The Royer House, spotted on Architizer is a compact, rectangular shaped home in Austria, entirely designed by the Kienesberger Schröckenfuchs Architektur firm. The house, located in a quiet neighborhood nearby Wels is ideal for a small family in search of adopting a peaceful lifestyle, being fond of simple, yet comfortable design. Finished in 2010, the project implies in addition to the house itself, a stunning interior garden, a green space for relaxation, that completes the plain, non-outstanding front street scenario.
The house has a narrow front entrance with narrow windows, creating a shelter of intimacy for its inhabitants. We can easily say that the Royer House is a surprising, yet contradictory home. Its exterior is wrapped in a plain, minimalistic look, being neither creative nor outstanding. But then, as you seep inside, the landscape is completely transformed. A wide space, flooded by light, with furniture made of beautiful solid natural wood welcomes you in the most warm and homey way possible. The living and kitchen area are connected to the interior garden, offering an amazing view upon the green maze of trees and grass. Large wood framed windows, simple furniture lines, an idyllic garden and a new angle of perception. Comfort has just become more accessible. Would you make this your permanent home?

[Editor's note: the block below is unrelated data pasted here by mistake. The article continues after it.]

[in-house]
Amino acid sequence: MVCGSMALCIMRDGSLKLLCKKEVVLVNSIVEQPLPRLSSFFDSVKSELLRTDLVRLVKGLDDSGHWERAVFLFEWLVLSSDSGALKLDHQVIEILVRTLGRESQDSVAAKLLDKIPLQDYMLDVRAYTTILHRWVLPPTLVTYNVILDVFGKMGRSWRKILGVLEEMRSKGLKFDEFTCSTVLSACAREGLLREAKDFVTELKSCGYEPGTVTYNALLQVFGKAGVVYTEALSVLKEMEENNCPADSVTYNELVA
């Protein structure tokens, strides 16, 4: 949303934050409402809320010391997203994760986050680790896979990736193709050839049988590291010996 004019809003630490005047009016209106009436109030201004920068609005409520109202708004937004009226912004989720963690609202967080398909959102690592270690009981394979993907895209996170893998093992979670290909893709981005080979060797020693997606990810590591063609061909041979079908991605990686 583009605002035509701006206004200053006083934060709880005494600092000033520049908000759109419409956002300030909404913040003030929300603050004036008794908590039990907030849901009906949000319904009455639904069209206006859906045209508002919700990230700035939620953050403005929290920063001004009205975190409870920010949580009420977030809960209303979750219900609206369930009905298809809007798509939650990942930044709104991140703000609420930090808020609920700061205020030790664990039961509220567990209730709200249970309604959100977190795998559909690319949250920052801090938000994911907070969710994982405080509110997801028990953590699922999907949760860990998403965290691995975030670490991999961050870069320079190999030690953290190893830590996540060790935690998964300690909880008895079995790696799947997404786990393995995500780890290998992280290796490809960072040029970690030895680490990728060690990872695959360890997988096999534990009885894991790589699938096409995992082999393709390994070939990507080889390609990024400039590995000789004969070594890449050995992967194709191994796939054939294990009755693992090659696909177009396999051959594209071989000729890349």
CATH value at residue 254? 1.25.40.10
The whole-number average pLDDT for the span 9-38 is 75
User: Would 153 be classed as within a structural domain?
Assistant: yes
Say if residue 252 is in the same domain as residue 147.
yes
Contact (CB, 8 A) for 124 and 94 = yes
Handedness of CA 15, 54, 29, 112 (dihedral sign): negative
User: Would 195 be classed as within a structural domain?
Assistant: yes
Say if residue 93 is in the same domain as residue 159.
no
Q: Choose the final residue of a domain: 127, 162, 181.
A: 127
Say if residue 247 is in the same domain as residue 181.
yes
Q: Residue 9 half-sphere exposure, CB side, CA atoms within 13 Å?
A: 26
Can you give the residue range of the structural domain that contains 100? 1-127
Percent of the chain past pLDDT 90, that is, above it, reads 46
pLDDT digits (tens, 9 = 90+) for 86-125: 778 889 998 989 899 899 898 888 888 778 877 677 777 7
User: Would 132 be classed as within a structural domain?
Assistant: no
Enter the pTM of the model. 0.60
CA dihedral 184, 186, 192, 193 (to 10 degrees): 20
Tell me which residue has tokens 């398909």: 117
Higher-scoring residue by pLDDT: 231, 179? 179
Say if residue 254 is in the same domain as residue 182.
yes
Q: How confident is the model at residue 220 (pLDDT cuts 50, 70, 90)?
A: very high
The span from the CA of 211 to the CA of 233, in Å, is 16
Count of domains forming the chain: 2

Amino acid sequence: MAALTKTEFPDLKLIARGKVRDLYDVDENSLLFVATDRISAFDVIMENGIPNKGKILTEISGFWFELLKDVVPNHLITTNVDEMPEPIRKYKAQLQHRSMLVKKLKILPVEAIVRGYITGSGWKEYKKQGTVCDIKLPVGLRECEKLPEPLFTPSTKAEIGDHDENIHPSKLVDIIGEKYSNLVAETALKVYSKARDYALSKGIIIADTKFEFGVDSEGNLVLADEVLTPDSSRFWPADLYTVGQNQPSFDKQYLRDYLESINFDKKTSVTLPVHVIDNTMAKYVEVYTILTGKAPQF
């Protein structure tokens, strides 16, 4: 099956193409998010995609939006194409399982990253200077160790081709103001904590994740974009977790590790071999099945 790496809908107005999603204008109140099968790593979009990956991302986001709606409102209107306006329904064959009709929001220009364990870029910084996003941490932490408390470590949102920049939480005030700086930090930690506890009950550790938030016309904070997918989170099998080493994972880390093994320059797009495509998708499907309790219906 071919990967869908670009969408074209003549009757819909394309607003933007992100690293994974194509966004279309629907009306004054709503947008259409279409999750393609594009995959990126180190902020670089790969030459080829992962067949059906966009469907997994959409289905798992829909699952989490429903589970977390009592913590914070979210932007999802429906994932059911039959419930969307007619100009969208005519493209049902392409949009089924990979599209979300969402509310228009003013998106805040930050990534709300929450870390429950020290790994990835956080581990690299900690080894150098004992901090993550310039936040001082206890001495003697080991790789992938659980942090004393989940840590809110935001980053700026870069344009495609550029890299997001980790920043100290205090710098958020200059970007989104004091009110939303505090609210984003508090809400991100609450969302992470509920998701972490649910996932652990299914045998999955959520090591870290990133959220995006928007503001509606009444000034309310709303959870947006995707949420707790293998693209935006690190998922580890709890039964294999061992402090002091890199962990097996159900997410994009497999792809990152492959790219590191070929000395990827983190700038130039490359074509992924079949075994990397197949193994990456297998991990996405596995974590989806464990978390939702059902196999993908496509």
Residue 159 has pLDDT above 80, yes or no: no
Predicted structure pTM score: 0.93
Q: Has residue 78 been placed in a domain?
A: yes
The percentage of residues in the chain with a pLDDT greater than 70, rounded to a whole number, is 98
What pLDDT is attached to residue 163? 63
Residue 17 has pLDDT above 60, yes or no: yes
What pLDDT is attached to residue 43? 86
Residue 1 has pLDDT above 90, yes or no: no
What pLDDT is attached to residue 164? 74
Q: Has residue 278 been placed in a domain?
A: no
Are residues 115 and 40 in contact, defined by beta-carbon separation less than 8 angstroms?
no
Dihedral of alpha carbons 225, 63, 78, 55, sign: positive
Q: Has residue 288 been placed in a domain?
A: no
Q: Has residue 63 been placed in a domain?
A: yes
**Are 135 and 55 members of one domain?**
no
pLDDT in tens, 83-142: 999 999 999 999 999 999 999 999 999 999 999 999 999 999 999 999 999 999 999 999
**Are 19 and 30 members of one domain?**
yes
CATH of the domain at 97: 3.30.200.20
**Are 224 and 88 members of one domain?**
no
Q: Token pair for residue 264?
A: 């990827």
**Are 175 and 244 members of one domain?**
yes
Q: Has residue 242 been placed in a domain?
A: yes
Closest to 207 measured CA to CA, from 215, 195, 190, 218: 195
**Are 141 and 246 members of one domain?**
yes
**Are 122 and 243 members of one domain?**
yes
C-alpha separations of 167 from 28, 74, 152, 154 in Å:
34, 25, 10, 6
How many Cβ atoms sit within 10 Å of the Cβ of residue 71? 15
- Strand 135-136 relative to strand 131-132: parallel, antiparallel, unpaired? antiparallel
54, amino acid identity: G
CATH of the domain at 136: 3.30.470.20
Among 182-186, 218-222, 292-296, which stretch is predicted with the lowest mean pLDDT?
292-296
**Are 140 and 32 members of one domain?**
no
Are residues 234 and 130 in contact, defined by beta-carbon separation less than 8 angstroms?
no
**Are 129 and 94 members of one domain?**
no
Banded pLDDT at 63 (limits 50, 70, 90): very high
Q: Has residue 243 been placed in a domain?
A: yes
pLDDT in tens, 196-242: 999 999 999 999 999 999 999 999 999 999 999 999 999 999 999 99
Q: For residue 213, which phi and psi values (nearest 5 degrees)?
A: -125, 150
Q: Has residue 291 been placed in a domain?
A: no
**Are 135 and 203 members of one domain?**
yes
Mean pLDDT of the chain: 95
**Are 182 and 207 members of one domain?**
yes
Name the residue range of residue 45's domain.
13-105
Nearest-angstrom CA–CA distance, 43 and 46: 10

Energy during the construction process was saved by using FSC-certified glulam timber instead of steel to create the building’s distinctive wavy roof, while the store’s external walls use hemclad, a highly innovative insulator made from hemp, which, like all plants, absorbs CO2 from the atmosphere as it grows. An 80,000 litre water tank below ground provides water for the store’s toilets and waters the site’s green wall’, which provides natural insulation, acts as an all-natural pollution filter near the car park, and helps to encourage biodiversity. The result is a building that uses a fraction of the energy of structures of a similar size, and is still very popular with local shoppers.
What is new and exciting now can quickly begin to look tired and out of fashion, so the best buildings don’t just consider what will be interesting to look at now, but also how it might look to people in five, fifty or even a hundred years’ time. 2013’s hotly contested RIBA Stirling Prize went to Witherford Watson Mann Architects for their work on Astley Castle, Warwickshire. In what RIBA Past President Stephen Hodder has described as an extreme retrofit, the project essentially saw a new building inserted subtly into the heart of the old, with a new, two storey residence now hidden within the sandstone walls of the ruins of this medieval castle, to be used as a holiday home for up to eight guests